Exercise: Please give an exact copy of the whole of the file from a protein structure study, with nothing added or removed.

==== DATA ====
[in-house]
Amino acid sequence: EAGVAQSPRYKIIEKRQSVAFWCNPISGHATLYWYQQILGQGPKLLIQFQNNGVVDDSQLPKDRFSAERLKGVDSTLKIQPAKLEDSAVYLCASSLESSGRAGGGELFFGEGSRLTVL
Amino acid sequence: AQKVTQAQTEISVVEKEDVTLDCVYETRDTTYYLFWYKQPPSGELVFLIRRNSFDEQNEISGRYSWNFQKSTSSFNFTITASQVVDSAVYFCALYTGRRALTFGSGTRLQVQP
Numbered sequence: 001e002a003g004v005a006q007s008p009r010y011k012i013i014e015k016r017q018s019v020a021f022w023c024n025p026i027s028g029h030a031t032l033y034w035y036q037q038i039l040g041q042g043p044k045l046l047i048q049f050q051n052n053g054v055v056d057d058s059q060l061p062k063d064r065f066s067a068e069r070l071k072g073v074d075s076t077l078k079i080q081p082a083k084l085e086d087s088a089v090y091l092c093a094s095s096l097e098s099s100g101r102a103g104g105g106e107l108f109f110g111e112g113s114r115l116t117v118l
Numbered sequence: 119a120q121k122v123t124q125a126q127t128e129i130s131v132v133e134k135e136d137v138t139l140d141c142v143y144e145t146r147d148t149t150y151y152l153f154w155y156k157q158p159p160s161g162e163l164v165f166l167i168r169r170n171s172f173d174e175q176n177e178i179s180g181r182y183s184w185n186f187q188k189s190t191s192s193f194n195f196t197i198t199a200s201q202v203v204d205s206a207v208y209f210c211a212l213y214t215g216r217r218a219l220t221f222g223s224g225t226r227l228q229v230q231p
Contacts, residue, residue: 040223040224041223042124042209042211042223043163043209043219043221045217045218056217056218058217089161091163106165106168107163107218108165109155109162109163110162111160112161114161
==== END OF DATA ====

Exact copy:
[in-house]
Amino acid sequence: EAGVAQSPRYKIIEKRQSVAFWCNPISGHATLYWYQQILGQGPKLLIQFQNNGVVDDSQLPKDRFSAERLKGVDSTLKIQPAKLEDSAVYLCASSLESSGRAGGGELFFGEGSRLTVL
Amino acid sequence: AQKVTQAQTEISVVEKEDVTLDCVYETRDTTYYLFWYKQPPSGELVFLIRRNSFDEQNEISGRYSWNFQKSTSSFNFTITASQVVDSAVYFCALYTGRRALTFGSGTRLQVQP
Numbered sequence: 001e002a003g004v005a006q007s008p009r010y011k012i013i014e015k016r017q018s019v020a021f022w023c024n025p026i027s028g029h030a031t032l033y034w035y036q037q038i039l040g041q042g043p044k045l046l047i048q049f050q051n052n053g054v055v056d057d058s059q060l061p062k063d064r065f066s067a068e069r070l071k072g073v074d075s076t077l078k079i080q081p082a083k084l085e086d087s088a089v090y091l092c093a094s095s096l097e098s099s100g101r102a103g104g105g106e107l108f109f110g111e112g113s114r115l116t117v118l
Numbered sequence: 119a120q121k122v123t124q125a126q127t128e129i130s131v132v133e134k135e136d137v138t139l140d141c142v143y144e145t146r147d148t149t150y151y152l153f154w155y156k157q158p159p160s161g162e163l164v165f166l167i168r169r170n171s172f173d174e175q176n177e178i179s180g181r182y183s184w185n186f187q188k189s190t191s192s193f194n195f196t197i198t199a200s201q202v203v204d205s206a207v208y209f210c211a212l213y214t215g216r217r218a219l220t221f222g223s224g225t226r227l228q229v230q231p
Contacts, residue, residue: 040223040224041223042124042209042211042223043163043209043219043221045217045218056217056218058217089161091163106165106168107163107218108165109155109162109163110162111160112161114161